Simon Curtis, who died a few days ago, was one of the unsung heroes of our culture: the kind of person who brings intelligence, illumination and enjoyment to countless people in a quiet way without ever becoming well known.
I first met Simon in the 1970s, when we were both teaching at Manchester University. He’d done a Ph D on Charles Darwin – viewing him as writer as well as scientist – and was teaching comparative literature. Simon’s style was always conservative: at a time when I was coming to work in purple flares, beads and a kaftan (it was the hippy era!) Simon sported a tweed jacket, brown brogues and a pipe. We seemed poles apart.
But we were both writing poetry. Simon’s was – and remained all his life – what’s now called ‘formalist’: it rhymed and scanned, and it was noticed by Kingsley Amis, with whom he corresponded for some years. His work also appeared in Faber’s Poetry Introduction 6 in 1985.
Simon was a versatile man: besides teaching French literature (he was fluent in the language) he was deeply knowledgeable about Thomas Hardy and taught a course on him. He also found time to do a lot of work for the CPRE and became an expert on planning laws and nature conservation. He also spent a spell as an academic for a semester or two in Australia, which he loved. He eventually left Manchester and moved to Dorchester: by that time he was a leading figure in the Hardy Society, and took over the editorship of the Thomas Hardy journal, which he did excellently.
Unfortunately literary societies are fraught with faction, and the Hardy Society was no exception. Simon became fed up and resigned after one particularly nasty conflict (no fault of his).
He moved to Plymouth, where he had family, and became editor (following Merryn Williams) of an excellent small poetry magazine, The Interpreter’s House. He was an exemplary editor: catholic in taste, lively in his editorials, balanced in his choice. And he gave talks locally on literary and historical subjects.
Despite being so different, we’d kept in touch and kept up a regular exchange of letters – real ones, not just emails. Simon was a great letter-writer: lively, varied, amusing; full of news about local theatre, opera and books, but also about wildlife, the landscape, the seasons. And he would usually send a new poem or two with his letters. We’d criticise each other’s work and often make small revisions in response.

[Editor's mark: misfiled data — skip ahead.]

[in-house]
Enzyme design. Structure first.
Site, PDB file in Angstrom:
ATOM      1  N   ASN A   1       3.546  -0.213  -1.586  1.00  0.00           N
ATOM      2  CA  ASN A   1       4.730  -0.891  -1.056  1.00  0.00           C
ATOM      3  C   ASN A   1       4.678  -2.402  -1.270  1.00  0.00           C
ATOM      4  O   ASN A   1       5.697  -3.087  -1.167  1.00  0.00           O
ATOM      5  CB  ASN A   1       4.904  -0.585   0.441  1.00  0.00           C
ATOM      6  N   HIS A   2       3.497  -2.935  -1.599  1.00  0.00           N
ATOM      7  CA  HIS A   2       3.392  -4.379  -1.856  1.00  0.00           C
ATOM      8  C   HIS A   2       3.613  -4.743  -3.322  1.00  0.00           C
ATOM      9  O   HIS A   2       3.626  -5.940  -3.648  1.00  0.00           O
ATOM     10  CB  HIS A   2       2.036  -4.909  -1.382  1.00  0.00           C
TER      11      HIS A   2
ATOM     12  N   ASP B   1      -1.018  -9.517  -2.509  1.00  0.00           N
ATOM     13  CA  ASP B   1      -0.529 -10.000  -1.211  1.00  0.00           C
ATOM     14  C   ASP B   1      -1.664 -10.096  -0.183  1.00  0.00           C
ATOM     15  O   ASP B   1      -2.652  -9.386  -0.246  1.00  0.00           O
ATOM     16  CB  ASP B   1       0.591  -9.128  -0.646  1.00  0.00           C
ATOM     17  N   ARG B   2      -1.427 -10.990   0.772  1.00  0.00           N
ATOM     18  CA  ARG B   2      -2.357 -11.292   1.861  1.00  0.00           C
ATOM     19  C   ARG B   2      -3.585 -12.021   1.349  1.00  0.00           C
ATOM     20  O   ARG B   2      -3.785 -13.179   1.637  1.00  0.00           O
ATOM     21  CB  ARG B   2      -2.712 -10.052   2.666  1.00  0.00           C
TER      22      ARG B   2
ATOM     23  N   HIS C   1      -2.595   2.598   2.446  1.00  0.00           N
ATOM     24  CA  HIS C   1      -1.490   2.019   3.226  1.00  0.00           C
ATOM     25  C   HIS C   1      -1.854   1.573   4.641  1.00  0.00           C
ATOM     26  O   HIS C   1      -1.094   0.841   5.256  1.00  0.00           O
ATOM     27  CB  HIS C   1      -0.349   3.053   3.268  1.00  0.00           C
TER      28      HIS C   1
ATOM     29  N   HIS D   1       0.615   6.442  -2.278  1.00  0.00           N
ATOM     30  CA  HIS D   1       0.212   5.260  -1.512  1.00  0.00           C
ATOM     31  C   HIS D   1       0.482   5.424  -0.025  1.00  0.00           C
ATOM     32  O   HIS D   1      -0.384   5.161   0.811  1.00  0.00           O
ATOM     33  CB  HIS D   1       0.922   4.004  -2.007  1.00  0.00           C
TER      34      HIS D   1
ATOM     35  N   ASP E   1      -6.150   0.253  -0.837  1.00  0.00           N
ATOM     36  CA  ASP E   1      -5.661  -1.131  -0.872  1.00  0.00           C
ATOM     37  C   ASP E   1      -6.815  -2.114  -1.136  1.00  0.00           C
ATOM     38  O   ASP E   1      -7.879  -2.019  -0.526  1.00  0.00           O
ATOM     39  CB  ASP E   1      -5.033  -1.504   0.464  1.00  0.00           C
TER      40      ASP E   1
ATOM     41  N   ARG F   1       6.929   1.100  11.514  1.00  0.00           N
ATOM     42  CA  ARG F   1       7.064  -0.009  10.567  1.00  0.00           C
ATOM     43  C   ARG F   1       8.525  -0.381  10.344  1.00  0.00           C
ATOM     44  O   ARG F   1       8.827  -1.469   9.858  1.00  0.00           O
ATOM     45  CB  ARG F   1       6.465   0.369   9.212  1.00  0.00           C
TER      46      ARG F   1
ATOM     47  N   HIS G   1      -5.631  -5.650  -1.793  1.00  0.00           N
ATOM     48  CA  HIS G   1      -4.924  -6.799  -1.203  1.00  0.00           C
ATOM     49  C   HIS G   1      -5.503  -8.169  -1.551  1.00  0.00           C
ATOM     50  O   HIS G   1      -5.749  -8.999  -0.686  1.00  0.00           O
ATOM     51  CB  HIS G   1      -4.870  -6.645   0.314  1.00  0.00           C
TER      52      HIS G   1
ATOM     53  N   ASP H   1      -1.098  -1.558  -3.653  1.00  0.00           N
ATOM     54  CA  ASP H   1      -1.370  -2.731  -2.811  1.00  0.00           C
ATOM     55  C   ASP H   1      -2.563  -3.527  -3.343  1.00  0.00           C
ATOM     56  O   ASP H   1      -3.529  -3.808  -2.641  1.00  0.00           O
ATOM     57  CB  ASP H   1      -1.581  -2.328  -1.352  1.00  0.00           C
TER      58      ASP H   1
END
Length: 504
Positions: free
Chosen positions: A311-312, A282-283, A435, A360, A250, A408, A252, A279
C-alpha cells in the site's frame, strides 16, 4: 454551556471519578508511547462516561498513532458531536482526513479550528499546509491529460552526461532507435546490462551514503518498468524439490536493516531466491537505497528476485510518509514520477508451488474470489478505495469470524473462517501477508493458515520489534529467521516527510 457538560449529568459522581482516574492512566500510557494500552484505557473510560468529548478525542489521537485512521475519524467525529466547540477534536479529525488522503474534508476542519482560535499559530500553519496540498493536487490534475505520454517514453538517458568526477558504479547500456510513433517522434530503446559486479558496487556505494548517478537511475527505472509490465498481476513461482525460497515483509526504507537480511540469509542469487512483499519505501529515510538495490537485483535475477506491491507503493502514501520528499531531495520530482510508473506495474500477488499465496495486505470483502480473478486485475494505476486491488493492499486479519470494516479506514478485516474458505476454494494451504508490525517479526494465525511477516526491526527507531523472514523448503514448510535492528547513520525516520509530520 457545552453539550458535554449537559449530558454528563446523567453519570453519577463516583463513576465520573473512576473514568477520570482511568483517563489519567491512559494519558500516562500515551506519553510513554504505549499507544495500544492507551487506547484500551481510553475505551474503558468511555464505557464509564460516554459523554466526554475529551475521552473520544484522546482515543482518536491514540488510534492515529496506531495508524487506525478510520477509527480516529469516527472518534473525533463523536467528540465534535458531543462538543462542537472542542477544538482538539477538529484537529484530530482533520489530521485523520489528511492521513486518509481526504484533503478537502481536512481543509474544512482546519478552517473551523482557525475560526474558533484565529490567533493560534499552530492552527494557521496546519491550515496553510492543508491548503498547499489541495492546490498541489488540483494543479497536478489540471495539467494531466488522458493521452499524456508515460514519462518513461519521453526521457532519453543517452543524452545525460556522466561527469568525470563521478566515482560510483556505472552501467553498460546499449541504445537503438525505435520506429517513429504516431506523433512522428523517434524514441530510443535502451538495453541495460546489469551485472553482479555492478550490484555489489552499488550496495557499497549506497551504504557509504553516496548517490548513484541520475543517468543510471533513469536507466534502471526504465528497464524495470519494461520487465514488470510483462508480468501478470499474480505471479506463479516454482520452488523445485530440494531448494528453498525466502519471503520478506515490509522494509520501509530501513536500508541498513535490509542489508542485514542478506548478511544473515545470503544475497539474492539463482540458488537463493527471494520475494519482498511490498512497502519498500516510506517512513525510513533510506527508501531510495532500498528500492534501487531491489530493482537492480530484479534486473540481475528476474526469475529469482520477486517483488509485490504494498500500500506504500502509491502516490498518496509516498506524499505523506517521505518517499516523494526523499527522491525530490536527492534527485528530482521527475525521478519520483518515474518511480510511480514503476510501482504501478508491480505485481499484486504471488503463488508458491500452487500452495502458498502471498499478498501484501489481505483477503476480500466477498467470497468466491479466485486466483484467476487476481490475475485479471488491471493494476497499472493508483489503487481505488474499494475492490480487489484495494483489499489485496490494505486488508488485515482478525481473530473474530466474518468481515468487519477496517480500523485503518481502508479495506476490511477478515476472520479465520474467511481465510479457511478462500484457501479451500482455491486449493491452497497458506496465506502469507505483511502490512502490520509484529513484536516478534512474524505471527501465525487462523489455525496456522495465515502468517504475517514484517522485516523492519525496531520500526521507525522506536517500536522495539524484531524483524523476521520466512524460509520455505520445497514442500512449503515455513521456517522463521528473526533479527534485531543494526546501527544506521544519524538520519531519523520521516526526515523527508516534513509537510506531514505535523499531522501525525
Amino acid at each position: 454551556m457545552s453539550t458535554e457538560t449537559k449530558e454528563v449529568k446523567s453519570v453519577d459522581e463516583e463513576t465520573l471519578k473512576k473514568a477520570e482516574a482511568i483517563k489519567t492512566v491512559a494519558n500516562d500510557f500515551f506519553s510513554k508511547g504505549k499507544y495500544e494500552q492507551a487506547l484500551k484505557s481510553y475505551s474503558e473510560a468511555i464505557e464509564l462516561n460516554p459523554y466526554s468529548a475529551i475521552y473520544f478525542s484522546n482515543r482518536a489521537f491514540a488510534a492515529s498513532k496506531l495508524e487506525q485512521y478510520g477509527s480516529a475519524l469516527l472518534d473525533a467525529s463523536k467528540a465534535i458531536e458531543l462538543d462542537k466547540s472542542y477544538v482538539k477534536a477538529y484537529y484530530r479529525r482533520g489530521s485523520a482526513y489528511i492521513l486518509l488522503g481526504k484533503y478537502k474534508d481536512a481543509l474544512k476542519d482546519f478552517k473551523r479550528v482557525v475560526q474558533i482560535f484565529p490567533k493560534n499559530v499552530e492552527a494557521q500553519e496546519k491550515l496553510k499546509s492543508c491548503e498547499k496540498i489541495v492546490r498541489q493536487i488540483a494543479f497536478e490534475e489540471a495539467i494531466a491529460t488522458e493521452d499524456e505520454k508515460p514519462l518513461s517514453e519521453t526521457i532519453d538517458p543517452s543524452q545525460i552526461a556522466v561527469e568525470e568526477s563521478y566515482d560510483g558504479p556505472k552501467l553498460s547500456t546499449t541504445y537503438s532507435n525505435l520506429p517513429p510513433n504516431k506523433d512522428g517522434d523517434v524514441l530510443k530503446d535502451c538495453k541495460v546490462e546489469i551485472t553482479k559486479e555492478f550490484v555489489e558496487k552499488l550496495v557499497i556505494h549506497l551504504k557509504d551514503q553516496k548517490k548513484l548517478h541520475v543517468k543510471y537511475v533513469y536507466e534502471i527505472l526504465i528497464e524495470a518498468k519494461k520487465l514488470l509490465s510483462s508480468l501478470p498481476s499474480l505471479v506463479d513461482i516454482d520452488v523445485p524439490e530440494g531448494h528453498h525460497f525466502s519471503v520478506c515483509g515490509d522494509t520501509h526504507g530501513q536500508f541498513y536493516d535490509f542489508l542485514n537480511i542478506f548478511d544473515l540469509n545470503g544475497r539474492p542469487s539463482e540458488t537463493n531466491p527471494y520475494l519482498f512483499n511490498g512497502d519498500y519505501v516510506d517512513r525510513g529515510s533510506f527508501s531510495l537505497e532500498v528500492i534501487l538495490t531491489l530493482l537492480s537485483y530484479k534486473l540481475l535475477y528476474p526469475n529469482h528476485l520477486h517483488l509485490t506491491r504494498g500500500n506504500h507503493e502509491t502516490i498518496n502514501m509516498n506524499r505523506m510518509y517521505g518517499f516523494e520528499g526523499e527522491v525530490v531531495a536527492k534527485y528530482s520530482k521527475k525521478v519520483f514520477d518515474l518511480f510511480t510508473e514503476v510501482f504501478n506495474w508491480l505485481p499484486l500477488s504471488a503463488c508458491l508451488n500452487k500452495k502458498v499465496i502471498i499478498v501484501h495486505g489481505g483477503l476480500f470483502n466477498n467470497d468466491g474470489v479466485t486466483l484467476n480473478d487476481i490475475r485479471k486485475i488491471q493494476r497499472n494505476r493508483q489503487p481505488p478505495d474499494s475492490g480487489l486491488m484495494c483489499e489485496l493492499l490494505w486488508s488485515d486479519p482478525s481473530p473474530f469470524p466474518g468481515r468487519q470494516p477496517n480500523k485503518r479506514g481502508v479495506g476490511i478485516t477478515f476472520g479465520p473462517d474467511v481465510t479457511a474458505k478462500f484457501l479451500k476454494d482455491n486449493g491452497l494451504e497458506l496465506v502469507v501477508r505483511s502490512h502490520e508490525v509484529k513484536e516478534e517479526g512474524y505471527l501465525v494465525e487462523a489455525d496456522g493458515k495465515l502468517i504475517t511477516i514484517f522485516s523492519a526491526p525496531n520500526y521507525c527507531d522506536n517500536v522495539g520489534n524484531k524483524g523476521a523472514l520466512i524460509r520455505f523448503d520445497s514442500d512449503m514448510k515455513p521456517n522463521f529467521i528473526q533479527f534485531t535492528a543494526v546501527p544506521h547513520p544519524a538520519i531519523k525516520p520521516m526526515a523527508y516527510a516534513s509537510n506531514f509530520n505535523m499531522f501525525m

Then – I suppose it was a couple of years ago – he was diagnosed with prostate cancer. It remitted but left him paralysed from the waist down. He went into a care home near Plymouth where he was wonderfully looked after and had many visitors. He remained as mentally lively as ever and after a while was able to go out – even to theatre and opera – in a powered wheelchair. But it couldn’t last, and he died quietly last week.
Here’s one of his poems:
READING A RIVER
A heron lifts away as we approach
Where cloud-grey Hodder and grey Ribble meet;
A spit of stones, an eddy-knuckled reach,
And glassy patch downstream as dark as peat.
There’s movement in that pool, see? and you’re sure
It’s grayling, moving gently to large duns;
The Hodder, there, is acid, from the moor;
That’s why it’s good for autumn sea-trout runs.
What strikes my eye as surface, April-cool,
You read like braille, uncannily and clear,
Connecting signs of life in flow or pool;
A river’s script, and palaeographer.
All waters have their temper, temperament,
Each river-face, its moods and tics and traits,
As individual as a finger-print;
The shoals and shallows, lies below still glaze,
And alders, stoneflies, sedges, each month’s hatch
On Coquet, Lathkill, Driffield Beck or Dee;
A living web, I’d say, where you’re in touch …
It’s practice, pal, not flaming ESP;
It’s try and try, a knack you pick up, right?
And ‘knack’ for ‘art’, you speak the northern way,
To deprecate what works like second sight,
Transforming all I saw that cloud-dulled day.
Simon wasn’t a ‘major’ poet; he didn’t publish a big scholarly tome; not so many people have heard of him. But he published several delightful small books of poems (I particularly like Views, with fine wood engravings by Ian Stephens), and a last ‘New and Selected’ volume of his poems, Comet over Greens Norton, came out just before his death from Shoestring Press. He was a fine teacher, who inspired hundreds of students, and an energetic worker for environmental and literary causes. And some of his poems deserve to last. He contributed in countless ways. And he was a good friend to many people besides myself. A lot of us are going to miss him deeply.
Before I put in the link to Simon’s own website, here’s a quote from Matt Simpson reviewing Simon’s book Reading a River :
there isn’t scope here to do justice to all the pleasures to be had from this book – for instance, Curtis’s gentle satire, his wit, his quiet irony, his ventures in Australia, The blurb simply hopes readers will enjoy the poems. Well, here is one who does. What he does splendidly is summed up in the last two lines of ‘Weymouth Nightingale’
So much floods back to mind, of worth, of loss,
Of time that’s gone, and debt of thanks I owe.
That just about sums it up. And here’s the link: